Jimmy Young (broadcaster)

From Wikipedia, the free encyclopedia
(Redirected from Jimmy Young (disc jockey))

Jimmy Young

Leslie Ronald Young

(1921-09-21)21 September 1921
Died7 November 2016(2016-11-07) (aged 95)
London, England
Other namesJY, Jimbo
EducationEast Dean Grammar School
  • Singer
  • DJ
  • radio personality
Years active1950–2002
Employer(s)BBC Radio 1 (1967-73)
BBC Radio 2 (1973-2002)
Known for"Unchained Melody", "The Man from Laramie"
Wendy Wilkinson
(m. 1946, divorced)
Sally Douglas
(m. 1950, divorced)
Alicia Padstow
(m. 1996)

Sir Leslie Ronald Young CBE, known professionally as Jimmy Young (21 September 1921 – 7 November 2016), was an English singer, disc jockey and radio personality.[1] Early in his career in the 1950s he had two number ones, "Unchained Melody" and "The Man from Laramie", both in 1955, and several other top ten hits in the UK chart, but he became better known for his long-running show on BBC Radio 2, The JY Prog, which ran from 1973 until 2002.

Early life[edit]

Young was born in Cinderford, Gloucestershire. The son of a baker and a dressmaker, he attended East Dean Grammar School. Young nearly died from bronchitis, double pneumonia and pleurisy as a child.[2] He excelled at boxing and rugby, playing for Cinderford RFC and later turning down a place with Wigan's rugby league team.[3]

After his parents divorced in 1939, he left for South Wales to work as an electrician.[4] Young later joined the RAF staying until 1949, becoming a PT instructor.[5]

Singing career[edit]

Young signed to the new Polygon Records in 1950,[6] joining Petula Clark, Louis Prima and Dorothy Squires. All his recordings on the label were conducted by Ron Goodwin. Goodwin later said he always liked working with Young "because he was always so enthusiastic. He thought everything we did was going to be a hit."[7] The most popular was "Too Young" which he recorded in 1951, but this was before the days of UK record charts which didn't start until November 1952, so the record books do not list it. The song was a big sheet music seller at the time and was a cover version of the Nat King Cole original. There were also two duets with Petula Clark that year, "Mariandl" (b/w "Broken Heart").

During the early 1950s, while singing on radio in Manchester with the BBC Northern Variety Orchestra (later the Northern Dance Orchestra or NDO), he struck up a friendship with announcer Trevor Hill with both men trying to put off the other live on air by pulling faces.[citation needed]

In 1952, he signed a recording contract with Decca. Young enjoyed Top 10 successes with "Eternally", "Chain Gang" and "More" (with which he surpassed Perry Como's American original in the British Singles Chart listings). His most successful year as a recording artist was 1955, when "Unchained Melody" (from the film Unchained) and "The Man from Laramie" (from the film of the same name) were both number one hits. He returned to the UK Top 20 after a lengthy absence in 1963 with "Miss You" and continued to release singles until the late 1960s. However, after the success of Elvis Presley, he became anxious, depressed and increasingly dependent on sleeping pills. In February 1960,[8] he started to have thoughts of suicide, and one friend told him to see an astrologer, Katina Theodossiou.[8] Young said later, that "She said I was going to be a great success...there is absolutely no way with your chart you can commit suicide. In actual fact you're going to be around so long they're going to have to take you off the field and shoot you". Young later credited her with saving his career. Young said "She forecast that my future lay in interviewing people, not singing".[8]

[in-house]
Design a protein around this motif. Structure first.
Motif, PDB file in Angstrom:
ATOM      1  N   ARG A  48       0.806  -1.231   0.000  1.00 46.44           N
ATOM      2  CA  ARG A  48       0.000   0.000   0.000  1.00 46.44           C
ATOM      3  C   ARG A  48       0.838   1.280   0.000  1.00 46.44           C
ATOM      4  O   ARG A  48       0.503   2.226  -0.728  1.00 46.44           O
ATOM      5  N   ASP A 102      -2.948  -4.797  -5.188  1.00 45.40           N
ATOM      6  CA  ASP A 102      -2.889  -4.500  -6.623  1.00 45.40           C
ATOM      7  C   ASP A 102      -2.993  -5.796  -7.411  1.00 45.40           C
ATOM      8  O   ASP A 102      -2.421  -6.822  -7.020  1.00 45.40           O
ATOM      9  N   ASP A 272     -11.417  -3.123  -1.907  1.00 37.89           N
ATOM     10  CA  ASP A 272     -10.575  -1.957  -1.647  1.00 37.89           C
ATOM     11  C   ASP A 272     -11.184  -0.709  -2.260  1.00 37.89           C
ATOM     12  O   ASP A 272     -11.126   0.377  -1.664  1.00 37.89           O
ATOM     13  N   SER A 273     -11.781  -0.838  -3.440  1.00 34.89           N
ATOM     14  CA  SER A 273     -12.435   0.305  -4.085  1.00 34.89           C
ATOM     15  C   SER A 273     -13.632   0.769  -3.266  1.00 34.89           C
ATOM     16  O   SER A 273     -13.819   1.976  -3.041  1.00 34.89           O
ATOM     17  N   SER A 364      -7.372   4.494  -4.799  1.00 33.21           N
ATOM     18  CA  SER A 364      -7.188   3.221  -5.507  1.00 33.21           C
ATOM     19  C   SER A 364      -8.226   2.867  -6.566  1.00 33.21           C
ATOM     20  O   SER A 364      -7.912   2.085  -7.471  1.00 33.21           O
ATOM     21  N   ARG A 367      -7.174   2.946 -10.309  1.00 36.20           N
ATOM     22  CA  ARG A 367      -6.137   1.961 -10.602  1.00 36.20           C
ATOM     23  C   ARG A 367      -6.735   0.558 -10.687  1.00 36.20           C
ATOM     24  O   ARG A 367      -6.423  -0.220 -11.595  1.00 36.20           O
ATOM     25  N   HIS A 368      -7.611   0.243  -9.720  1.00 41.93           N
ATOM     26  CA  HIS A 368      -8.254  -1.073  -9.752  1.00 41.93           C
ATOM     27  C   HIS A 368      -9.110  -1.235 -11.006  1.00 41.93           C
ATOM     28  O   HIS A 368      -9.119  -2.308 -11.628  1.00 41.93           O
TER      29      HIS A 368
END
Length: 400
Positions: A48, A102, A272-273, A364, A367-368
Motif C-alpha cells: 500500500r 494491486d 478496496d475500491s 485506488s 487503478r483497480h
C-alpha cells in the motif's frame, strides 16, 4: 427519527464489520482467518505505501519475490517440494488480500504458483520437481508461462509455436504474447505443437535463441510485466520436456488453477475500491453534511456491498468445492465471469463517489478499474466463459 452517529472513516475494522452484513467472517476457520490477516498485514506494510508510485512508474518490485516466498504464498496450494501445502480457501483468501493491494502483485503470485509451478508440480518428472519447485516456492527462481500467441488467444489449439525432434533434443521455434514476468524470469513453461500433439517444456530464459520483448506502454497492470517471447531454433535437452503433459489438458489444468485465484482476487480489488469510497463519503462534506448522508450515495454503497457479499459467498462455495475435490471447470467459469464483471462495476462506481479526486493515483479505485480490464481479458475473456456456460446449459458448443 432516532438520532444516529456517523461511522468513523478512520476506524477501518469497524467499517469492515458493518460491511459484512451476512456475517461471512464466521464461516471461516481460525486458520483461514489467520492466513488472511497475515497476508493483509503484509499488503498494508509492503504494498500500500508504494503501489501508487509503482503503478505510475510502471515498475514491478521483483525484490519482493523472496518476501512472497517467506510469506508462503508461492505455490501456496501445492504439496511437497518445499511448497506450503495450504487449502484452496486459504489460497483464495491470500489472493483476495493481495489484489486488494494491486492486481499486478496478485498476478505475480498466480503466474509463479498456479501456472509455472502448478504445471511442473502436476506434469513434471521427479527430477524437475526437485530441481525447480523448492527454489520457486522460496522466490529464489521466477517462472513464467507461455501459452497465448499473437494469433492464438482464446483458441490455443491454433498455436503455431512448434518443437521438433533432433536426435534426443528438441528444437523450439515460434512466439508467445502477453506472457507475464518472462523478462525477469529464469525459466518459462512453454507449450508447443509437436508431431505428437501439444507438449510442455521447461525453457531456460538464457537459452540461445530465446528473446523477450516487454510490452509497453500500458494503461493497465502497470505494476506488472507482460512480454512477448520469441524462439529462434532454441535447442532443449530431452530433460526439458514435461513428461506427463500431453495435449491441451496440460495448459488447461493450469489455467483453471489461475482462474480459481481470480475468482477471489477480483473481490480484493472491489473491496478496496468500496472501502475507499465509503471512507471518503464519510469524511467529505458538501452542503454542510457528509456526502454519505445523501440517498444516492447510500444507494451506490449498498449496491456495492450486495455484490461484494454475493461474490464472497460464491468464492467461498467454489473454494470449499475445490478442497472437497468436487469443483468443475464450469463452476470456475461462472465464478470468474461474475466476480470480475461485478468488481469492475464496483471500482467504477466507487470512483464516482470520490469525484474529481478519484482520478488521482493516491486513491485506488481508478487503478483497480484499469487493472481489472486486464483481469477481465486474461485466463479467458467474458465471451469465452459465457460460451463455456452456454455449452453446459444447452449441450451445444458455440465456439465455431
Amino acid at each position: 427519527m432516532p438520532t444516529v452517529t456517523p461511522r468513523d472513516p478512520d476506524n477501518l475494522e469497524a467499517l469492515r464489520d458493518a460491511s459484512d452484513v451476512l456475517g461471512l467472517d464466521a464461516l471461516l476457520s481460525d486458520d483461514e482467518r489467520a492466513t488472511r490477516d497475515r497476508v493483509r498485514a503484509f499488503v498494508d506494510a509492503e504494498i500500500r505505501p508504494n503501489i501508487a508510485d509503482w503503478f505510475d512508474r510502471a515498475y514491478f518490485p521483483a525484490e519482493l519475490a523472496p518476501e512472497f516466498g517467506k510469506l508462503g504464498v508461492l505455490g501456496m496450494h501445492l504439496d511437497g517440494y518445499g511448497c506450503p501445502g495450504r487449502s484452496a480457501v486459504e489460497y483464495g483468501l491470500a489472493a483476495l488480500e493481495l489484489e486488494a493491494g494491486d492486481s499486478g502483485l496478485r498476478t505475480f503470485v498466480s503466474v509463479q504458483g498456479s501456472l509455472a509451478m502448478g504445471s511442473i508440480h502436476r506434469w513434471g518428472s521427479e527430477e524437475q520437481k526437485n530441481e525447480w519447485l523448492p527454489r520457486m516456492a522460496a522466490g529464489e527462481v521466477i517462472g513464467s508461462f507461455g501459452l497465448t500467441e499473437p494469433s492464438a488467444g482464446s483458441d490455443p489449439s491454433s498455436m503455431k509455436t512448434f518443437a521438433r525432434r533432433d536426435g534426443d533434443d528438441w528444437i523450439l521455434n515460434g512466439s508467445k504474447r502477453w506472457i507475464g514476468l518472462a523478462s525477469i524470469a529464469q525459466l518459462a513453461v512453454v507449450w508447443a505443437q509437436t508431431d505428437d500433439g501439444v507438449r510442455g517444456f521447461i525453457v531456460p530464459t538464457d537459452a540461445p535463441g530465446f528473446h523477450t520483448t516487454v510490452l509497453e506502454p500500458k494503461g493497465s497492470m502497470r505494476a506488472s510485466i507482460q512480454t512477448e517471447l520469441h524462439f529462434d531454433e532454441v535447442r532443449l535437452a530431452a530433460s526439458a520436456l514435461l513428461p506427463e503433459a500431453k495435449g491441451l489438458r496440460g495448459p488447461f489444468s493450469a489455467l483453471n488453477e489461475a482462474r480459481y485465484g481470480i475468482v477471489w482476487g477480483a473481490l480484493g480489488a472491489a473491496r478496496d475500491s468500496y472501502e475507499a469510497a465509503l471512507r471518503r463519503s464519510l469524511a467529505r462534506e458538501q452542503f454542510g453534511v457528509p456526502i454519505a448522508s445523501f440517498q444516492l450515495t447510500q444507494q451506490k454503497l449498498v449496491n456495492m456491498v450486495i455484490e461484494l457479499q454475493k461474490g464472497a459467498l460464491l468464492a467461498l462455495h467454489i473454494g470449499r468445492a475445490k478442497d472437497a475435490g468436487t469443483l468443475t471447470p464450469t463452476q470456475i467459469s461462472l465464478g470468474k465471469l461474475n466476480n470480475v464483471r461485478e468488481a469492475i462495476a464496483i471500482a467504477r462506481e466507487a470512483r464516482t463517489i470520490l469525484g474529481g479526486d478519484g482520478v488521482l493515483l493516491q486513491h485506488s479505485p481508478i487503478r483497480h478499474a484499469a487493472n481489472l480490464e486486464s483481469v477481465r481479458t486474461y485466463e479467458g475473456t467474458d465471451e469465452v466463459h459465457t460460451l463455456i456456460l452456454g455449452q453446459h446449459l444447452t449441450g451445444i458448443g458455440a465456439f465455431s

Disc jockey and radio broadcaster[edit]

After a period with Radio Luxembourg,[9] Young joined the BBC. He became a host of Housewives' Choice, on the BBC Light Programme,[10] and later he became one of the first disc jockeys on BBC Radio 1, presenting the weekday mid-morning show from 1967 to 1973.[11] He then joined BBC Radio 2 in 1973, where he presented a daily lunchtime news and current affairs programme. The show (which he referred to as "The JY Prog"), ran from 2 July 1973 to 20 December 2002.

He developed a popular approach to current affairs and regularly interviewed Margaret Thatcher while she was Prime Minister. He broadcast from around the world, including several live shows from Moscow, the first in 1977, and interviewed every British Prime Minister from 1964 to 2010. His theme music was "Town Talk" by Ken Woodman & His Piccadilly Brass. BFN ('Bye for now') was one of his catchphrases.[5]